HAMDEN, Conn. — Nestled at the foot of Sleeping Giant State Park, Quinnipiac University is an institution that once could be described as a sleepy little commuter school, with an enrollment of 1,900 students. But it slumbers no more. Quinnipiac is a giant that has been awakened.
“I’ll tell you, we were a sleeping giant when I was inaugurated 26 years ago,’’ said Quinnipiac president John L. Lahey, who has presided over a stunning remake of the school into a thriving, three-campus Division 1 university with an enrollment of 8,500 students and an endowment that has grown from $5 million to $279 million.
The administration spent considerable resources to upgrade from Division 2, including the construction of the $60 million TD Bank Sports Center, a 185,000-square-foot complex that sits atop the school’s York Hill campus. It houses the men’s and women’s basketball teams, and the men’s and women’s hockey teams in twin 3,500-seat arenas all under the same roof.
“We’re a little less asleep now, and we’re a little better-known,’’ Lahey said. “I still think we’re a well-kept secret, but it’s beginning to change.’’
Thanks to its Frozen Four men’s team, which entered the NCAA Tournament as the No. 1 overall seed, Quinnipiac appears to have been rebranded as a hockey school.
“No one accused me of having small dreams and small plans,’’ said Lahey, who 18 years ago hired athletic director Jack McDonald and charged him not only with raising Quinnipiac’s status to Division 1, but with landing the hockey program in the ECAC in 2005-06.
“I understood the importance of hockey in terms of the overall athletic program, particularly in the Northeast region. But I did not have it in my plan three or four years ago that hockey would get, literally, to be No. 1 in the country and that we would be playing in the Frozen Four.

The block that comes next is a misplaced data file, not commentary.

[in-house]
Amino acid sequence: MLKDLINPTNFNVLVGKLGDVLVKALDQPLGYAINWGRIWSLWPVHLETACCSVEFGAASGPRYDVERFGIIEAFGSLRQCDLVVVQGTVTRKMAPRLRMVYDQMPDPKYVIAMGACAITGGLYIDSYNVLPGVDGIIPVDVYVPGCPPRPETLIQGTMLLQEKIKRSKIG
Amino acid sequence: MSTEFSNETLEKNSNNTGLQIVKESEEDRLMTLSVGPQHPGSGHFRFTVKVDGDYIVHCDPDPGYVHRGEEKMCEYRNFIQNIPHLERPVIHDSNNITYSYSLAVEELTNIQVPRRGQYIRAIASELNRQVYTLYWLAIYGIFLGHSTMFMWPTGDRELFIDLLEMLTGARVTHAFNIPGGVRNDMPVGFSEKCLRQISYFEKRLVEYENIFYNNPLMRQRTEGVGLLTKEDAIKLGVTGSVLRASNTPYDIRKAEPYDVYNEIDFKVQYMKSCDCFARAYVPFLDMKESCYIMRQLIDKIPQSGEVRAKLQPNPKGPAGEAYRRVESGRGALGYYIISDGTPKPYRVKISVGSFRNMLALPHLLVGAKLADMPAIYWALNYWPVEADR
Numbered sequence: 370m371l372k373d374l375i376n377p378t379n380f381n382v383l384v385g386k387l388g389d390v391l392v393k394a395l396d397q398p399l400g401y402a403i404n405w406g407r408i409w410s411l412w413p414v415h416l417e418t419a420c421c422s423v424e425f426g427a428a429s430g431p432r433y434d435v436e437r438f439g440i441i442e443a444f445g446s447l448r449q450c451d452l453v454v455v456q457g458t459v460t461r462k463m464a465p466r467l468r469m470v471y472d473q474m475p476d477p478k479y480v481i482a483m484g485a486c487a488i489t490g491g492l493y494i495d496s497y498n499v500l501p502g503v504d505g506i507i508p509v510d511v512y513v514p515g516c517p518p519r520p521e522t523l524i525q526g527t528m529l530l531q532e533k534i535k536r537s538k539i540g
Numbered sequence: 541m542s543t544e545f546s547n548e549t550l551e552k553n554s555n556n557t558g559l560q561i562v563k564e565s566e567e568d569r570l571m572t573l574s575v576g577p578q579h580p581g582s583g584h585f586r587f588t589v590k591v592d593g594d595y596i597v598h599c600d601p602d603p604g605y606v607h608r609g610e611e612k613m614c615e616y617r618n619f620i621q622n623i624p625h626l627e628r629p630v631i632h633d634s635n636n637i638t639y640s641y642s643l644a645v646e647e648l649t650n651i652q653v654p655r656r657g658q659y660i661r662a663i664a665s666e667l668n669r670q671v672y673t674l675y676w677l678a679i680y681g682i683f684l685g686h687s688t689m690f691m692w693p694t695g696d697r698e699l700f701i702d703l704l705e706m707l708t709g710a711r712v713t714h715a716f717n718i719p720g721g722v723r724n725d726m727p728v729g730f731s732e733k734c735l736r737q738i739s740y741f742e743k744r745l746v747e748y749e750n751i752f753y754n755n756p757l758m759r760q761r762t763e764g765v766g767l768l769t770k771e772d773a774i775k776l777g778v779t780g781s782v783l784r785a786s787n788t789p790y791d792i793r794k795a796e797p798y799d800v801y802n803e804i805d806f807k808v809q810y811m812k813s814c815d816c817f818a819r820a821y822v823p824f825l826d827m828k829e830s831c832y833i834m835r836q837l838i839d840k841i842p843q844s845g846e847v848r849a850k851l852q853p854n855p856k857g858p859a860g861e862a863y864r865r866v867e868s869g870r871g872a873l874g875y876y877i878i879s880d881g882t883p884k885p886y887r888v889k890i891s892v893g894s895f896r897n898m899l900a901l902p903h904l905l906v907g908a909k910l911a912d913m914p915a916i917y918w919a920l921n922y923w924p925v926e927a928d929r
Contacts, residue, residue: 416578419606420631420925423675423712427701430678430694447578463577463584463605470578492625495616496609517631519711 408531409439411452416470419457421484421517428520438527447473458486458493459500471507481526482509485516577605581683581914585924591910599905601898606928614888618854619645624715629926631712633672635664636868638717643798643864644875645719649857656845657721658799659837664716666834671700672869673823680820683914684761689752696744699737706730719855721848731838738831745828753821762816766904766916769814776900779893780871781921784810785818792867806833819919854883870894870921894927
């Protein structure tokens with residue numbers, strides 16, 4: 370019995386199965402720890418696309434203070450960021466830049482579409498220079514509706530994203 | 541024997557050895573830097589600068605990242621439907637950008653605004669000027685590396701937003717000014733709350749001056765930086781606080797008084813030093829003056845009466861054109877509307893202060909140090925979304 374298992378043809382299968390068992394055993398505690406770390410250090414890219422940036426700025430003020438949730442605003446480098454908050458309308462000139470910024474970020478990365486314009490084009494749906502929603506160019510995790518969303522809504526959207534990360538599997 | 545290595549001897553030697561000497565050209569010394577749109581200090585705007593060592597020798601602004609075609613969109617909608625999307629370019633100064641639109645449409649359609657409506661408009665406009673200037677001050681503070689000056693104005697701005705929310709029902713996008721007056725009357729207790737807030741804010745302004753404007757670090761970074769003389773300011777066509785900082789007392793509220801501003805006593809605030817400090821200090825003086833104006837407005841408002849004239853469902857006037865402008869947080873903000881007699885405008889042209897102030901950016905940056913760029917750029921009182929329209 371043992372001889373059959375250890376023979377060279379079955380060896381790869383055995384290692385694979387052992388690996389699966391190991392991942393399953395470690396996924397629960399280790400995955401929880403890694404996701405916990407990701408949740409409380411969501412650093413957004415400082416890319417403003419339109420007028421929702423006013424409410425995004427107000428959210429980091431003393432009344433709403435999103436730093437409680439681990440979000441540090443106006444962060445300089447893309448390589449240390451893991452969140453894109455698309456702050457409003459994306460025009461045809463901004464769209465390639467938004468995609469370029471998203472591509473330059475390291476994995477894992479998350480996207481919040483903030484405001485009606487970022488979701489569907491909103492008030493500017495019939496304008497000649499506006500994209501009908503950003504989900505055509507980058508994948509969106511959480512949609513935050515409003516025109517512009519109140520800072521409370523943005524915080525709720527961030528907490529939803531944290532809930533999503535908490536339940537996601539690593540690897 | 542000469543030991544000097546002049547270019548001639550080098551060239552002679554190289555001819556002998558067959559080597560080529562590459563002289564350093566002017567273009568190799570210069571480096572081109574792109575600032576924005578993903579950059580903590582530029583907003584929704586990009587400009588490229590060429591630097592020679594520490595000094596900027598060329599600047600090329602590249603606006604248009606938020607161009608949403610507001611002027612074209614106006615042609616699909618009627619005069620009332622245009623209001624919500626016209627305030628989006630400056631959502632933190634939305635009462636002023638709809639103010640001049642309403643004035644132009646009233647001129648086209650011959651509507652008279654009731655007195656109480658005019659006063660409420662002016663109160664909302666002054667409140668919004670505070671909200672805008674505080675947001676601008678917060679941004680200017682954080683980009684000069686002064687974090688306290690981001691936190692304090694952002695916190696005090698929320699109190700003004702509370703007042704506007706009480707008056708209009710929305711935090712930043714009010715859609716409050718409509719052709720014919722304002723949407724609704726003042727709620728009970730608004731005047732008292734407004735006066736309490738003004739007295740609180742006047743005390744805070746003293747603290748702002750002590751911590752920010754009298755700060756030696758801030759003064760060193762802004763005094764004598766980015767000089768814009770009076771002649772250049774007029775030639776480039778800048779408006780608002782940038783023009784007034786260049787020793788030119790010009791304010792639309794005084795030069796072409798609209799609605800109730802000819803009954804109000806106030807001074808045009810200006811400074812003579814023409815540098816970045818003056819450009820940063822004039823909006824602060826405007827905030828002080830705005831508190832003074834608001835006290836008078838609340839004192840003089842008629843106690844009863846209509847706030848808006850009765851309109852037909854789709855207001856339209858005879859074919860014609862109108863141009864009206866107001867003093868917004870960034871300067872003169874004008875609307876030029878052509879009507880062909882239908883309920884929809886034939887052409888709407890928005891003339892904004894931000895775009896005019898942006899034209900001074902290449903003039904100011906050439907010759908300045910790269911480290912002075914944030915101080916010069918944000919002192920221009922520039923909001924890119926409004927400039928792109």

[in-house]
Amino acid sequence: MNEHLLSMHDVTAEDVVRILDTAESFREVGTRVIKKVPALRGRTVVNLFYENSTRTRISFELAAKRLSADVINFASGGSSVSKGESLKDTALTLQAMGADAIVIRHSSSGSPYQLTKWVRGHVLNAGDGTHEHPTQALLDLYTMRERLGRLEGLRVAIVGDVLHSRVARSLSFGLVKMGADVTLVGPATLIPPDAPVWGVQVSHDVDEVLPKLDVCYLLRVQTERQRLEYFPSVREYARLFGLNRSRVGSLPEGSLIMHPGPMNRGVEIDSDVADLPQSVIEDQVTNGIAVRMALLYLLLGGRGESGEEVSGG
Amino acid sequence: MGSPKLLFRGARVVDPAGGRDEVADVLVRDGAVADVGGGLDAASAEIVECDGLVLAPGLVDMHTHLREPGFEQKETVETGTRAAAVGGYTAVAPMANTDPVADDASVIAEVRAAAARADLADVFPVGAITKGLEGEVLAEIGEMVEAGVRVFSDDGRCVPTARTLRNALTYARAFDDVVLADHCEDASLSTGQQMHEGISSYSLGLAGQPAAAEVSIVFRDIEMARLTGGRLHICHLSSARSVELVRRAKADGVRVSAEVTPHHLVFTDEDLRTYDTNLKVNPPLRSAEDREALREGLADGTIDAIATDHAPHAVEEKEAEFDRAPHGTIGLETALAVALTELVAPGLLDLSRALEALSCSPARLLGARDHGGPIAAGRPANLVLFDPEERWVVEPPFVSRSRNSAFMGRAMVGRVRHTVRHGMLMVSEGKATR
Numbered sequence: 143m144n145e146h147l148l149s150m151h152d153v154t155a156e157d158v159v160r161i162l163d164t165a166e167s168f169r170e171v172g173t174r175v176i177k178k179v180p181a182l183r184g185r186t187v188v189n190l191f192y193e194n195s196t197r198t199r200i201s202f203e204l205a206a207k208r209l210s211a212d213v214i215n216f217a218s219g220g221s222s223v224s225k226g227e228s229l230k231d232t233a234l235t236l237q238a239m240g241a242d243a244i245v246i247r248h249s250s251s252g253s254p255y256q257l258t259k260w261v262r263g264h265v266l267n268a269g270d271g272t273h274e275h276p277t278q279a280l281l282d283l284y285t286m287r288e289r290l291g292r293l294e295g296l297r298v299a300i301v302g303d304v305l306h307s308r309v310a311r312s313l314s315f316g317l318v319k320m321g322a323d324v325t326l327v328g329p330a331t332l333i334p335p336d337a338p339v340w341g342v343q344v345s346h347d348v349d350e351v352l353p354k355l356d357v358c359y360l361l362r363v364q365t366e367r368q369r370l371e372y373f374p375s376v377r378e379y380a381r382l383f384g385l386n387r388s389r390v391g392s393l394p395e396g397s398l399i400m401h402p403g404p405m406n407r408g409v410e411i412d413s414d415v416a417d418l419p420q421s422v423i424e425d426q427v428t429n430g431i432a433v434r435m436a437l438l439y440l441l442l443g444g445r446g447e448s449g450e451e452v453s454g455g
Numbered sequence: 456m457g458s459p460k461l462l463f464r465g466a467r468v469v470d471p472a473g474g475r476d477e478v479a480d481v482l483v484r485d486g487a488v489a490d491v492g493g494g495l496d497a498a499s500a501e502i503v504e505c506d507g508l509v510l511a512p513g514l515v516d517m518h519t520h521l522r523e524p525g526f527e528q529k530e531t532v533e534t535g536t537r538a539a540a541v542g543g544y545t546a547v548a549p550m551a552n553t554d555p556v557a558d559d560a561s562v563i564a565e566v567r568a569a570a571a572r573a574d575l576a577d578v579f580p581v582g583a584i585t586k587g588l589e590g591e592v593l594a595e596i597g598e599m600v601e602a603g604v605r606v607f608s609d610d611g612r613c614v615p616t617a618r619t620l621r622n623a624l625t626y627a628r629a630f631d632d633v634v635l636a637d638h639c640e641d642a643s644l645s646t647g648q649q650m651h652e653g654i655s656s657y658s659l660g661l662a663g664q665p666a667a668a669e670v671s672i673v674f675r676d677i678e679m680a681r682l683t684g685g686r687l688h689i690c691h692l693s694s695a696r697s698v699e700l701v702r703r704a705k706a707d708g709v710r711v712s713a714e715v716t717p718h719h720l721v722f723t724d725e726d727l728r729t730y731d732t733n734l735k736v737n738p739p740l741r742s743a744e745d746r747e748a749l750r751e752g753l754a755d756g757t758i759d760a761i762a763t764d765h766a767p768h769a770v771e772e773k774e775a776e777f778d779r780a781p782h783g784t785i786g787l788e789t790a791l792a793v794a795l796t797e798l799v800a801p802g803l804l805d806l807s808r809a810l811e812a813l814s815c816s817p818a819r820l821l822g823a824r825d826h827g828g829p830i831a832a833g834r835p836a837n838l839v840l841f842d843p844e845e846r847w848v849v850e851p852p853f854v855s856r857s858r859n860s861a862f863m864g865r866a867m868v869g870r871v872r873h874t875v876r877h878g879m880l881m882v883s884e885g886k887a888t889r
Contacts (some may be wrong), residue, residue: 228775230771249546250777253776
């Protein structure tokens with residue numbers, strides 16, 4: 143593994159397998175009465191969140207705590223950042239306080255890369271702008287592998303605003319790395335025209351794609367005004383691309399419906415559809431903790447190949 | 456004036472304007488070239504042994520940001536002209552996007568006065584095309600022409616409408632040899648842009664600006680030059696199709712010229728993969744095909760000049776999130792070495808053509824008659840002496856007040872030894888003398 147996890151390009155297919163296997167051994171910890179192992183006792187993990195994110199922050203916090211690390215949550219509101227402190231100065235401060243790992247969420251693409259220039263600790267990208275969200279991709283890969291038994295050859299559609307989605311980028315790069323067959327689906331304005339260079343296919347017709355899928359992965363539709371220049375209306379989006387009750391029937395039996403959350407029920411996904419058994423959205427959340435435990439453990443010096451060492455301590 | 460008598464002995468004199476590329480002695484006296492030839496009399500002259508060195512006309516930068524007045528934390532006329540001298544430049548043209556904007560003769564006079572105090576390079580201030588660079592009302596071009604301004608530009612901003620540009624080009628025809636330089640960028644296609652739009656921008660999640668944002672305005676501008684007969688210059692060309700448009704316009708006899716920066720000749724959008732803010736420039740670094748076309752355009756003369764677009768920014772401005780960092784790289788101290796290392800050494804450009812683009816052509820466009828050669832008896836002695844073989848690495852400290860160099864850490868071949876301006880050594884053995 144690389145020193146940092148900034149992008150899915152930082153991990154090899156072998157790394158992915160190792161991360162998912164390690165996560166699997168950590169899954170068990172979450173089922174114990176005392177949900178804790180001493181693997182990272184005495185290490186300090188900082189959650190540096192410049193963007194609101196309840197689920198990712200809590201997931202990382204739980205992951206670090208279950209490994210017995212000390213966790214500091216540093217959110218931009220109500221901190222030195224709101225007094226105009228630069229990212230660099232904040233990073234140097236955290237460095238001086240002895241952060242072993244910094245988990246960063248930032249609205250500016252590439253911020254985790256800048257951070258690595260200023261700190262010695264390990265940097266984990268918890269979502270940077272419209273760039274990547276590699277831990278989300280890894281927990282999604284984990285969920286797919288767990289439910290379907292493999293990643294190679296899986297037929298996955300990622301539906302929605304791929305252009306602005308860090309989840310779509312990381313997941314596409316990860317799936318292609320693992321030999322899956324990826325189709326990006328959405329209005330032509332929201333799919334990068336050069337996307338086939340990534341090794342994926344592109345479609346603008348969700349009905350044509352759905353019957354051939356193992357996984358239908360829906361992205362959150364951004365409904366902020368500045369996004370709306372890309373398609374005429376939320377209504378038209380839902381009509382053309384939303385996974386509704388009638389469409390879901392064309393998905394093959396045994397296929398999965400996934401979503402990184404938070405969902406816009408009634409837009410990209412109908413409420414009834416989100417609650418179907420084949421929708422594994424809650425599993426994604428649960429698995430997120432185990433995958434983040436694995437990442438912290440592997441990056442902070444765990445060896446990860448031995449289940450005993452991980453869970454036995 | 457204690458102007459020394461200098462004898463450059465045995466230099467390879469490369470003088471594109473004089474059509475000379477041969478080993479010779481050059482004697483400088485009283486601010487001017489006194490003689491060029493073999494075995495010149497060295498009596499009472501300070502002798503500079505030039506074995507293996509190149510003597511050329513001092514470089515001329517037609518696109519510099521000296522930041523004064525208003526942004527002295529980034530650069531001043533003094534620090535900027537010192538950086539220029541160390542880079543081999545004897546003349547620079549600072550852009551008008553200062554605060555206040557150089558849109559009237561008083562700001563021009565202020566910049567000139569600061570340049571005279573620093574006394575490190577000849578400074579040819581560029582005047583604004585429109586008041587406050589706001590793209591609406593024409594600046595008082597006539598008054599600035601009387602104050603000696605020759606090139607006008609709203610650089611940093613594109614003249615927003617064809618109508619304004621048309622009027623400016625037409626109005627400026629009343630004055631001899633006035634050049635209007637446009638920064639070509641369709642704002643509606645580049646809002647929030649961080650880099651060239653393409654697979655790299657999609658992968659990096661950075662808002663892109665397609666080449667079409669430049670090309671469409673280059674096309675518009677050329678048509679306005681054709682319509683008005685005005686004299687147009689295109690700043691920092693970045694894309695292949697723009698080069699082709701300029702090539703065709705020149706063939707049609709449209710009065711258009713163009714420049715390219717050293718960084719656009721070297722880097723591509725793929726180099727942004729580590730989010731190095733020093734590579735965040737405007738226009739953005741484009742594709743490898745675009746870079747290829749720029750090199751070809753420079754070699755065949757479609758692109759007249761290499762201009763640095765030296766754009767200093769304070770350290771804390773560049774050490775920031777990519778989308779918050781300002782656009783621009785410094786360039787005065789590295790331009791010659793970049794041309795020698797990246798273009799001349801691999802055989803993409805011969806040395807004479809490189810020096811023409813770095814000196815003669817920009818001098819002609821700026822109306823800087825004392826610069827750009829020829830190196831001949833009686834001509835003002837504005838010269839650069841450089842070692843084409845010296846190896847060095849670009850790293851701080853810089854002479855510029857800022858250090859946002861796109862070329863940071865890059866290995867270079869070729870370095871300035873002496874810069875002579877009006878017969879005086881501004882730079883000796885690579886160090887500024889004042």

“I must say, I did not have that in my plan and I’m not sure it was a realistic goal, but I’m thrilled and delighted for the team.’’
The Bobcats (29-7-5), who ascended to the top spot in both the USCHO.com and USA Today/USA Hockey Magazine national polls Feb. 11, will face St. Cloud State (25-15-1) in the 8 p.m. nightcap of Thursday’s national semifinals at the Consol Energy Center in Pittsburgh.
On the way up
Although still in its infancy as a Division 1 program, having moved up in 1998-99 as a member of the newly formed Metro Atlantic Athletic Conference, Quinnipiac hockey has flourished under 19th-year coach Rand Pecknold, who resisted overtures from Princeton following Quinnipiac’s first NCAA appearance in 2002 and last year from the University of Massachusetts.
“In the last 15 years, we’ve never had a losing season,’’ said Pecknold. “We’re actually the only team in Division 1 hockey that can say that. Michigan was the only other team, but they had a losing team this year and now we’re the only one left.
“I think we’ve always been good and competitive, certainly in Atlantic Hockey we were dominant within that league, but struggled outside of the league. Then we’ve always been good in the ECAC.”
The move in 2005-06 after two years in Atlantic Hockey to the ECAC, which came about when Vermont left for Hockey East, was critical. It was an opportunity for Quinnipiac not only to raise the level of its competition but also attract a higher level of recruits. The allure was only enhanced when Quinnipiac moved from the Northford Ice Pavilion, a town rink in North Branford 15 minutes east of campus, to the state-of-the-art facility on York Hill.
“If we don’t have this $60 million facility, we can’t get into recruiting battles with Notre Dame, Wisconsin, Ohio State, Boston College, and Michigan,’’ Pecknold said. “When we used to play in a town rink, it wasn’t even a battle then.
“Now we’re in those battles, but I’ll be the first one to admit we don’t win a lot of those battles, and we don’t need to. We just need to win some of them. And we need to work hard and make sure we’re in as many as we need to be and we will win a few and that’s how we get our high-end kids.’’
The move has reaped talent such as sophomore Matthew Peca, whose hat trick powered Quinnipiac to a 5-1 victory over Union in the East Regional championship March 31 at Providence, and senior goaltender Eric Hartzell, who swept ECAC Player of the Year and Goalie of the Year honors and recently was named one of the three finalists for the Hobey Baker Award.
Senior captain Zack Currie said he might have reconsidered his other options (Alaska and Bowling Green) had he been taken on a tour of Quinnipiac’s old facilities. Continued...